Membership in the National Honor Society (NHS) is one of the highest honors that can be awarded to a high school student. Our chapter has worked hard to bring the accomplishments of outstanding students to the attention of parents, teachers, peers, and the community. Our chapter strives to give practical meaning to the Society’s standards of scholarship, service, leadership, and character. These four ideals are considered as the basis for selection. No student is inducted simply because of a high academic average. The National Honor Society strives to recognize the total student—one who excels in all of these areas.
NHS was founded in 1921 by the National Association of Secondary School Principals. The Board of Directors of the NASSP serves as the governing board of NHS. Operational control of NHS is in the hands of a National Council and its secretary. The local Chapter of NHS was chartered in 1971.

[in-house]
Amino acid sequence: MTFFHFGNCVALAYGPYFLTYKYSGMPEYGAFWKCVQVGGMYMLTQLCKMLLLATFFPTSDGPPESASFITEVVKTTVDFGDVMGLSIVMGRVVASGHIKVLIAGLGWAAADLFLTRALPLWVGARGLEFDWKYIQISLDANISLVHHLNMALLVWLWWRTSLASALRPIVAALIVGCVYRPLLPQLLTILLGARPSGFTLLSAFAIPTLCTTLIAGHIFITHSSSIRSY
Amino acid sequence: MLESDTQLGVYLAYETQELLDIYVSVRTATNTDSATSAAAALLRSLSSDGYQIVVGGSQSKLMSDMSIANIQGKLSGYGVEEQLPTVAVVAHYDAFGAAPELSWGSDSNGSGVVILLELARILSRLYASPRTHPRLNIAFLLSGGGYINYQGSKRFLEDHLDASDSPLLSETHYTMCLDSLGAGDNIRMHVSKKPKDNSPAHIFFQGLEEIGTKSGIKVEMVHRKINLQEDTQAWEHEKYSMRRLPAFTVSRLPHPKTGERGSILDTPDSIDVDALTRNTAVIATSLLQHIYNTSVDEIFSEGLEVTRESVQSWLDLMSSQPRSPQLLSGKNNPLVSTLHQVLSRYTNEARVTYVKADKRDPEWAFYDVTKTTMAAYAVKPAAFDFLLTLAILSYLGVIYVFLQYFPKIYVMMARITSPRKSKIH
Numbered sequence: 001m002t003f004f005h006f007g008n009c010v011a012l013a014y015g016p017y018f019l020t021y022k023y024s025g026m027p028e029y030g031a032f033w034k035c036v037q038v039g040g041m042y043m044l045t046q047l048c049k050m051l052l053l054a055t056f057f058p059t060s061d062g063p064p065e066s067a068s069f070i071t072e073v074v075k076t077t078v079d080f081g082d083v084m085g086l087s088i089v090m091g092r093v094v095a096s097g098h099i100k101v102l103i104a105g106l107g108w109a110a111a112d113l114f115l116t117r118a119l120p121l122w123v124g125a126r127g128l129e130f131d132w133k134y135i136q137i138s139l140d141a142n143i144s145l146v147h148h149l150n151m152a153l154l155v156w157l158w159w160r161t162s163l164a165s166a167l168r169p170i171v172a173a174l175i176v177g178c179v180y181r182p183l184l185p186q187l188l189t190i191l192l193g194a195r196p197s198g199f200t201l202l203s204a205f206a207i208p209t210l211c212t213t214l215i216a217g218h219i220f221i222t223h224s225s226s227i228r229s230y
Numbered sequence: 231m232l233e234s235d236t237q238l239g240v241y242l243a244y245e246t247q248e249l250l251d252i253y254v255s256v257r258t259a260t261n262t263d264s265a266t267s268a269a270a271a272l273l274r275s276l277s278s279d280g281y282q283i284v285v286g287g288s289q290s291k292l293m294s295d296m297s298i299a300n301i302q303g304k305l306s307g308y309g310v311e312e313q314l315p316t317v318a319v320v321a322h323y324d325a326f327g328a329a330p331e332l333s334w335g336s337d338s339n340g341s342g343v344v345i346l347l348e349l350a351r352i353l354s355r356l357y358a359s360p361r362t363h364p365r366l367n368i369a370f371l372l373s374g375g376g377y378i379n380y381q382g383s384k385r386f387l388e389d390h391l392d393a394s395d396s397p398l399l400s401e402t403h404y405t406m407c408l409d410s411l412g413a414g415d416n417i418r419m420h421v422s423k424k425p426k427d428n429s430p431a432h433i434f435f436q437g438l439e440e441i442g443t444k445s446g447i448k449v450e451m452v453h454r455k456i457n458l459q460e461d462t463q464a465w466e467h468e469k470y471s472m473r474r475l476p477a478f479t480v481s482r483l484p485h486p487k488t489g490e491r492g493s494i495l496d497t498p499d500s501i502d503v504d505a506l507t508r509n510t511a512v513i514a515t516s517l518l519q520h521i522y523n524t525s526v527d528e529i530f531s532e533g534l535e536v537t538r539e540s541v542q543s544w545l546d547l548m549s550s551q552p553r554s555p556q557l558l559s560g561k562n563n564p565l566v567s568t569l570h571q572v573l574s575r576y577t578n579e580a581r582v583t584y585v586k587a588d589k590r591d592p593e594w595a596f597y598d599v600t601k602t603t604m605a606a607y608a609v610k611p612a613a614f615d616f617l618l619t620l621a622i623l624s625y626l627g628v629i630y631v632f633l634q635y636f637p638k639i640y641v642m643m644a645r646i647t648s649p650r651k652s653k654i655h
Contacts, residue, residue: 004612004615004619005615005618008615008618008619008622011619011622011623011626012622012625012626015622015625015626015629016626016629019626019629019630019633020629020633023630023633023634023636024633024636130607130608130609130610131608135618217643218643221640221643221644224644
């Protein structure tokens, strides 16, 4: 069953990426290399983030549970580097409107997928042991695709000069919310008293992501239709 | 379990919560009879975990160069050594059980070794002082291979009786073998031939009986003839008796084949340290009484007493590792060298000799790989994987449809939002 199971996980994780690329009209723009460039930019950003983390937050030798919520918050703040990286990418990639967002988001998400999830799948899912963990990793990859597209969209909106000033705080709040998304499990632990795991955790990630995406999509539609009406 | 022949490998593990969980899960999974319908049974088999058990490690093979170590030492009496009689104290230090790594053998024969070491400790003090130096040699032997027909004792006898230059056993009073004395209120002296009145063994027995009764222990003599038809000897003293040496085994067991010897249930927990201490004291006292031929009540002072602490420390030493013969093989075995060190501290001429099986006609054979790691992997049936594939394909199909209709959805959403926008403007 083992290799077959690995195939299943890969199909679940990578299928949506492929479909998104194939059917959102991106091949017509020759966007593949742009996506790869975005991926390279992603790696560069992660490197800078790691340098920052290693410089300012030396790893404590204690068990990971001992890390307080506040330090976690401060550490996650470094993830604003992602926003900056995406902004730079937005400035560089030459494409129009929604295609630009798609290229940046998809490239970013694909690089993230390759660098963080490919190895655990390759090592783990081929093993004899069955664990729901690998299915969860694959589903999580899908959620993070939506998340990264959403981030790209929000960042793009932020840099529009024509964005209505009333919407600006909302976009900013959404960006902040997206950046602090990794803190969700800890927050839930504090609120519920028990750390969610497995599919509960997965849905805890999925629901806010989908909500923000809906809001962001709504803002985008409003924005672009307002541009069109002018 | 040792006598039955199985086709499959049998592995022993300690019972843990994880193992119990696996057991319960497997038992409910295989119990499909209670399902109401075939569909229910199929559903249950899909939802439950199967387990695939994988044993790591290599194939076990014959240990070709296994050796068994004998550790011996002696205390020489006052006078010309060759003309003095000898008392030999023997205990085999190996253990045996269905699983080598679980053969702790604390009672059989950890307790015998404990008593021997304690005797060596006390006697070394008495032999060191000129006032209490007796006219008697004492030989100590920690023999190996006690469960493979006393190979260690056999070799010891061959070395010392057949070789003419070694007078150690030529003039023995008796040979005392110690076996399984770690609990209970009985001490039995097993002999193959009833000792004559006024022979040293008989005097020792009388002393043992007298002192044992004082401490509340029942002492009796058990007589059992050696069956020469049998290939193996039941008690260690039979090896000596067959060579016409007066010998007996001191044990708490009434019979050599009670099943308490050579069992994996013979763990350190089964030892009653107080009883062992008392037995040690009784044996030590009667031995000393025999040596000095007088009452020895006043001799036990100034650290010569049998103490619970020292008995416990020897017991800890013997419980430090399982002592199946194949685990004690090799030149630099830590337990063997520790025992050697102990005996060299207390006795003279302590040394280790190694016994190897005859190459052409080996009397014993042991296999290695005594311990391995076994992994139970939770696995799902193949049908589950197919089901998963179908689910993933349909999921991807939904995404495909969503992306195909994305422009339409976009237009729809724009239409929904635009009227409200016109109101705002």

Our first meeting will be September 15 after school. It is important that everyone be there.
Degrees and Certifications:
About National Honor Society
Motto: Noblisse Oblige
Colors: blue and gold
Flower: yellow rose
The emblem is the keystone and the flaming torch. The keystone bears at its base the letters C S L S, which stands for the four cardinal principles of the organization: character, scholarship, leadership, and service. The purchase of the emblem is not obligatory in any way; the title of the emblem remains with the chapter until the member is graduated. Therefore, the Chapter Council can, for reason, commandeer the emblem, as in the case of a dismissed member.
Membership, however, is more than an honor. It is an ongoing responsibility and an obligation to continue to demonstrate those outstanding qualities that result in a student’s selection. Membership also carries a responsibility to the chapter. If our NHS chapter is to be effective and meaningful, each member must become involved.
Based on the NHS constitution, four purposes are said to guide NHS chapters, which are the following:
"To create enthusiasm for scholarship, to stimulate a desire to render service, to promote leadership, and to develop character in the students of secondary schools." These purposes are supposed to translate into the criteria used for membership selection in each local chapter.